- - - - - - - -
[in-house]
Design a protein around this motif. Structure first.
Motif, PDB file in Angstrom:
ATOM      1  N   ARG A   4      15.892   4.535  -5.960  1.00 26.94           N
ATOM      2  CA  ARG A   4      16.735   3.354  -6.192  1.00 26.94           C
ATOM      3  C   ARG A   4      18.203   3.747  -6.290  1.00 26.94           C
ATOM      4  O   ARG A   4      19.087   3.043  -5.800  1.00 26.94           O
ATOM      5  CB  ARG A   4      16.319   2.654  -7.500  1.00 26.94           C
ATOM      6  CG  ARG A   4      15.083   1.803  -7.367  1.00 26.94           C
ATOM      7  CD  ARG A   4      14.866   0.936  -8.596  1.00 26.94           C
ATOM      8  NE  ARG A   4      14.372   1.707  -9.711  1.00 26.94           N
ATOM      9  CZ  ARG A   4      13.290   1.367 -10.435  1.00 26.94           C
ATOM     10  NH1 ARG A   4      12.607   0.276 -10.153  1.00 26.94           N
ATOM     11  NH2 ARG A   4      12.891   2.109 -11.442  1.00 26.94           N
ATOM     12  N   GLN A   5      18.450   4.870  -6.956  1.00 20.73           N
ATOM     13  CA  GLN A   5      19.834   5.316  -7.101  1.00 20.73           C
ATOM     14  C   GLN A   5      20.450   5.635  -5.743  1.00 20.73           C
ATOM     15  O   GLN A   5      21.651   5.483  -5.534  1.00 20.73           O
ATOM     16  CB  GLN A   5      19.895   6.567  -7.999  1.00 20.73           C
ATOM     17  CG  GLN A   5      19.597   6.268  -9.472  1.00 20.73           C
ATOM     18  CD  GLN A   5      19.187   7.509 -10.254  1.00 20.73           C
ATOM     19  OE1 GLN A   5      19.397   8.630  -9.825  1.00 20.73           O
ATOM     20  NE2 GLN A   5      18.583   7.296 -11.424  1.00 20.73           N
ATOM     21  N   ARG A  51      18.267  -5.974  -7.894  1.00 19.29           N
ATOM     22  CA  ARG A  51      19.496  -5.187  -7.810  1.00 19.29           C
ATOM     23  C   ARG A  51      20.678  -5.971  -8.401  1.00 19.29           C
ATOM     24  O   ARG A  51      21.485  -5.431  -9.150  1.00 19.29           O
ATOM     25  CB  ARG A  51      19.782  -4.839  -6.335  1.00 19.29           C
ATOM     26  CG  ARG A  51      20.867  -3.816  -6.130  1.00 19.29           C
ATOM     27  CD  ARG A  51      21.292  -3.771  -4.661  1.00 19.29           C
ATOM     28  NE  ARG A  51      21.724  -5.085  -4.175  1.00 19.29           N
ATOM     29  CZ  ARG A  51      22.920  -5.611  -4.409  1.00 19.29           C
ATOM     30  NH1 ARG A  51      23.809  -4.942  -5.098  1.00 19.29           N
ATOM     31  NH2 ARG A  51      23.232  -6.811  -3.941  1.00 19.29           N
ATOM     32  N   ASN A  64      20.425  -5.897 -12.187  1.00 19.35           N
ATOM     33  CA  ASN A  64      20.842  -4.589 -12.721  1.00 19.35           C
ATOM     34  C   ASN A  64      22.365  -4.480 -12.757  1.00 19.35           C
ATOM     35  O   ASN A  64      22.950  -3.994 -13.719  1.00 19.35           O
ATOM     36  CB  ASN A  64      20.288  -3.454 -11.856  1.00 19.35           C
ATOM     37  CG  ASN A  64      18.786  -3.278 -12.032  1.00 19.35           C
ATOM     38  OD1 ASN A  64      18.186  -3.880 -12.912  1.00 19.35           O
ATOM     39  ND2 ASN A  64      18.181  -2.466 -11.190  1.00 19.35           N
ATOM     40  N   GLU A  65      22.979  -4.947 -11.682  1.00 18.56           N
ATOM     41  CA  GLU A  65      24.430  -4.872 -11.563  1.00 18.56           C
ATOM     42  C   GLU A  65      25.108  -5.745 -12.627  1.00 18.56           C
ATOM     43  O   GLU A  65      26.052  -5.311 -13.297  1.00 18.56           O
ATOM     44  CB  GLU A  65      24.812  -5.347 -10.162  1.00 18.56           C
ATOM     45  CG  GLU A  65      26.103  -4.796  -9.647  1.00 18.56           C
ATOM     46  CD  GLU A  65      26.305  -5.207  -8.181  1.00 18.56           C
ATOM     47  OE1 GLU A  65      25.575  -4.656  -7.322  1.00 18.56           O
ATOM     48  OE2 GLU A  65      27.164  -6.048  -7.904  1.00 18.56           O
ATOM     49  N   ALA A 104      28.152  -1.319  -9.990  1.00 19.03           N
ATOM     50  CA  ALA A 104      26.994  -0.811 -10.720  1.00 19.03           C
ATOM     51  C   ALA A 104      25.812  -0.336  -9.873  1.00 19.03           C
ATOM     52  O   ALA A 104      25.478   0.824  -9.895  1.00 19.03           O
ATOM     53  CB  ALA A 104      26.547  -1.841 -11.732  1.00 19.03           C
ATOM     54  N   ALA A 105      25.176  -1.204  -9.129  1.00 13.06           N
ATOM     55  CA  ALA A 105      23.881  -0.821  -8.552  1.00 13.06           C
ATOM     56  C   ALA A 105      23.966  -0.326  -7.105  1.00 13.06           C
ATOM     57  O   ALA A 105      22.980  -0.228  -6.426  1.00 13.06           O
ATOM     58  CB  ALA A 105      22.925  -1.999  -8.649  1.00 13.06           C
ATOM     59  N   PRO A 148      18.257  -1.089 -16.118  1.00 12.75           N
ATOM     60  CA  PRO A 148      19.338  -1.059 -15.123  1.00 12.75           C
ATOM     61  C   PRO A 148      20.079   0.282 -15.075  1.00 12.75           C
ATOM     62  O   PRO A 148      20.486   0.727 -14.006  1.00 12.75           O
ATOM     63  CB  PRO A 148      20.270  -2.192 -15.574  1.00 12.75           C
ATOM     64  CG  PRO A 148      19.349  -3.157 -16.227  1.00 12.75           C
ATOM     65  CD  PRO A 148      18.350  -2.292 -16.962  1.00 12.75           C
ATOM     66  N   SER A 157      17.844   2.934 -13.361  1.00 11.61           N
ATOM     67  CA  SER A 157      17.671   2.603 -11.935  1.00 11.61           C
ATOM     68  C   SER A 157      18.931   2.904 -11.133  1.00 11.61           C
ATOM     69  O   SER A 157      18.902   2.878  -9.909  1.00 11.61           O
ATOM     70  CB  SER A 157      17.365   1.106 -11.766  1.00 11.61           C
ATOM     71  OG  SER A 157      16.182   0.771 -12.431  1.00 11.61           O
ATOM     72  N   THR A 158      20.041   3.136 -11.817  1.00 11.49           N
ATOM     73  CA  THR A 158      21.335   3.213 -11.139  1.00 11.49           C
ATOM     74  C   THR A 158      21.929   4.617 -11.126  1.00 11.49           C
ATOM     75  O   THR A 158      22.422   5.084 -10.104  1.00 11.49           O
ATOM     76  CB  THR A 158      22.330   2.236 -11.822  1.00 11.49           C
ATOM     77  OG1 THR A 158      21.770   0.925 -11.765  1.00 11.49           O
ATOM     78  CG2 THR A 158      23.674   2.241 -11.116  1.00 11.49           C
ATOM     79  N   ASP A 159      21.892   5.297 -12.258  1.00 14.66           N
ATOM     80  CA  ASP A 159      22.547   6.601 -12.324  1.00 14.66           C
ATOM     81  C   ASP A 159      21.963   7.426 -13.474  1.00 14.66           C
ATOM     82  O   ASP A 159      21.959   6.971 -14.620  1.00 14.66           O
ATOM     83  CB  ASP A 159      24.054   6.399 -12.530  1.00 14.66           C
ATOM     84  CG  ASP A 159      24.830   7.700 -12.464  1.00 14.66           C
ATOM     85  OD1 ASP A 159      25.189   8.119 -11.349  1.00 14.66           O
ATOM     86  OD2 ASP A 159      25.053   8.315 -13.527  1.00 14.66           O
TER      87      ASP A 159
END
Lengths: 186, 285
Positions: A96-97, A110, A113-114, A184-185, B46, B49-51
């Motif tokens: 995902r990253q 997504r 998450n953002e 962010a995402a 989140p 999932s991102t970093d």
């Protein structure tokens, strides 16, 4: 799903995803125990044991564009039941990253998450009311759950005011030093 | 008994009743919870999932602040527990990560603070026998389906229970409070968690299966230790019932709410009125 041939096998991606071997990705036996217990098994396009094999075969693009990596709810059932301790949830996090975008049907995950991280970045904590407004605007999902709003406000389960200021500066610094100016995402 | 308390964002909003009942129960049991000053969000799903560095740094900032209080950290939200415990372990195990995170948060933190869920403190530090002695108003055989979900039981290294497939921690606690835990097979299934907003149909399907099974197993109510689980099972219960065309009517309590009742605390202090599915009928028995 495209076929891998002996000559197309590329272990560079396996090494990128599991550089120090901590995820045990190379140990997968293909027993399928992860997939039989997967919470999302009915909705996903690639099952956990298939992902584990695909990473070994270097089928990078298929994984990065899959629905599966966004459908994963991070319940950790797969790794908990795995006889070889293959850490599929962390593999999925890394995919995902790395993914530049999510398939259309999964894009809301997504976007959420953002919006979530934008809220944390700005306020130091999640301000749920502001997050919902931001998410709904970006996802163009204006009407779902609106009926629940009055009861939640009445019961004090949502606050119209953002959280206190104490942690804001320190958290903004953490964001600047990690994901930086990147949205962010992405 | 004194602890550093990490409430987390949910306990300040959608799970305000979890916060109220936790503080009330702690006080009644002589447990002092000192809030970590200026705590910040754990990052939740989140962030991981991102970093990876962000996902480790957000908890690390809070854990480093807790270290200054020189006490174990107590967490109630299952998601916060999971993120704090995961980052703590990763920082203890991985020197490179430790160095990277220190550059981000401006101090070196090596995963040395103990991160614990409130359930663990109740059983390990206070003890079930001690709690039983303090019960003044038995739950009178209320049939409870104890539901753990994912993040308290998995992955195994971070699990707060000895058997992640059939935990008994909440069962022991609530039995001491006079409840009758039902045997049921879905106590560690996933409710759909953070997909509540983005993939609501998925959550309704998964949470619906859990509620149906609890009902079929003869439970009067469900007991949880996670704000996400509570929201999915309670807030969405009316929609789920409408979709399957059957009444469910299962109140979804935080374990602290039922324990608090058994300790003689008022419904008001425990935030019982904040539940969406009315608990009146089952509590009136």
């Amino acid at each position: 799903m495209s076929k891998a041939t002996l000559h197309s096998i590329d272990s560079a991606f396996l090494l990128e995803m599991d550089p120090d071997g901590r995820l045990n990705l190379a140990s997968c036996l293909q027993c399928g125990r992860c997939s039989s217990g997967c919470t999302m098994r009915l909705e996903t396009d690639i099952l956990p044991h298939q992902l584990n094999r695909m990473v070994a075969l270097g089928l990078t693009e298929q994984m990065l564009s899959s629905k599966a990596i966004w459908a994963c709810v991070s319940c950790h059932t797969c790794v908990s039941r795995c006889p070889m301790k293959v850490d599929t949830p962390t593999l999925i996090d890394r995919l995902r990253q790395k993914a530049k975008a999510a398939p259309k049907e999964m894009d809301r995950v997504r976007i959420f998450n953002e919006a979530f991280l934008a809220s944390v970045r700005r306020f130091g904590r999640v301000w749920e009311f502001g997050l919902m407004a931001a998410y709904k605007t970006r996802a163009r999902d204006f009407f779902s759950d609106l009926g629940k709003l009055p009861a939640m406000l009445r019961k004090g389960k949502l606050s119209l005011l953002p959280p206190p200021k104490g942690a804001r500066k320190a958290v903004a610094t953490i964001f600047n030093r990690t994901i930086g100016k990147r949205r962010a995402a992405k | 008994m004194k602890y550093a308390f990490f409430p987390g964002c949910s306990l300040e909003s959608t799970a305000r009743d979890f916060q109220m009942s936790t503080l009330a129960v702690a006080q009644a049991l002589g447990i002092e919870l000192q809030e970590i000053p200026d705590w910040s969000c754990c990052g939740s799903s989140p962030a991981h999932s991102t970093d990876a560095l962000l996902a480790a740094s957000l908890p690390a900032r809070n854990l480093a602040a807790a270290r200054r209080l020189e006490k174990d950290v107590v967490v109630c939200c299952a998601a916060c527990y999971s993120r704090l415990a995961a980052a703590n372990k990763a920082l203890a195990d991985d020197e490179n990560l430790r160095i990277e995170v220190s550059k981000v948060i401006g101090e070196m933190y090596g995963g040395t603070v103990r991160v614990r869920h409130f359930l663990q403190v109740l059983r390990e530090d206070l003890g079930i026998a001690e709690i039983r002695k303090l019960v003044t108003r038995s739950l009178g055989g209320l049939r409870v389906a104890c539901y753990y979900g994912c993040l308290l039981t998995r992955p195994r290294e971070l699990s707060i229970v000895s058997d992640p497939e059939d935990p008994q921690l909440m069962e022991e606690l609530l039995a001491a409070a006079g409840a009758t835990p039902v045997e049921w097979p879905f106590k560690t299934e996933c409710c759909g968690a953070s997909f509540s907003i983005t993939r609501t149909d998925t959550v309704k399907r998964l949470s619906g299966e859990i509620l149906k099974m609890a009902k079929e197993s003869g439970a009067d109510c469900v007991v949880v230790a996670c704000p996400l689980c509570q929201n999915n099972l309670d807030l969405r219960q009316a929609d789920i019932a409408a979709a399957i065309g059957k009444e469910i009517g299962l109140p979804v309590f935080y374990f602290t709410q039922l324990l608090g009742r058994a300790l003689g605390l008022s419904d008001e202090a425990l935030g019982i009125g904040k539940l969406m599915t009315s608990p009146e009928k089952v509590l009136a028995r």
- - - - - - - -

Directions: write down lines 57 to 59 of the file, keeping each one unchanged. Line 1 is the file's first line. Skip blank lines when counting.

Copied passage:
ATOM     54  N   ALA A 105      25.176  -1.204  -9.129  1.00 13.06           N
ATOM     55  CA  ALA A 105      23.881  -0.821  -8.552  1.00 13.06           C
ATOM     56  C   ALA A 105      23.966  -0.326  -7.105  1.00 13.06           C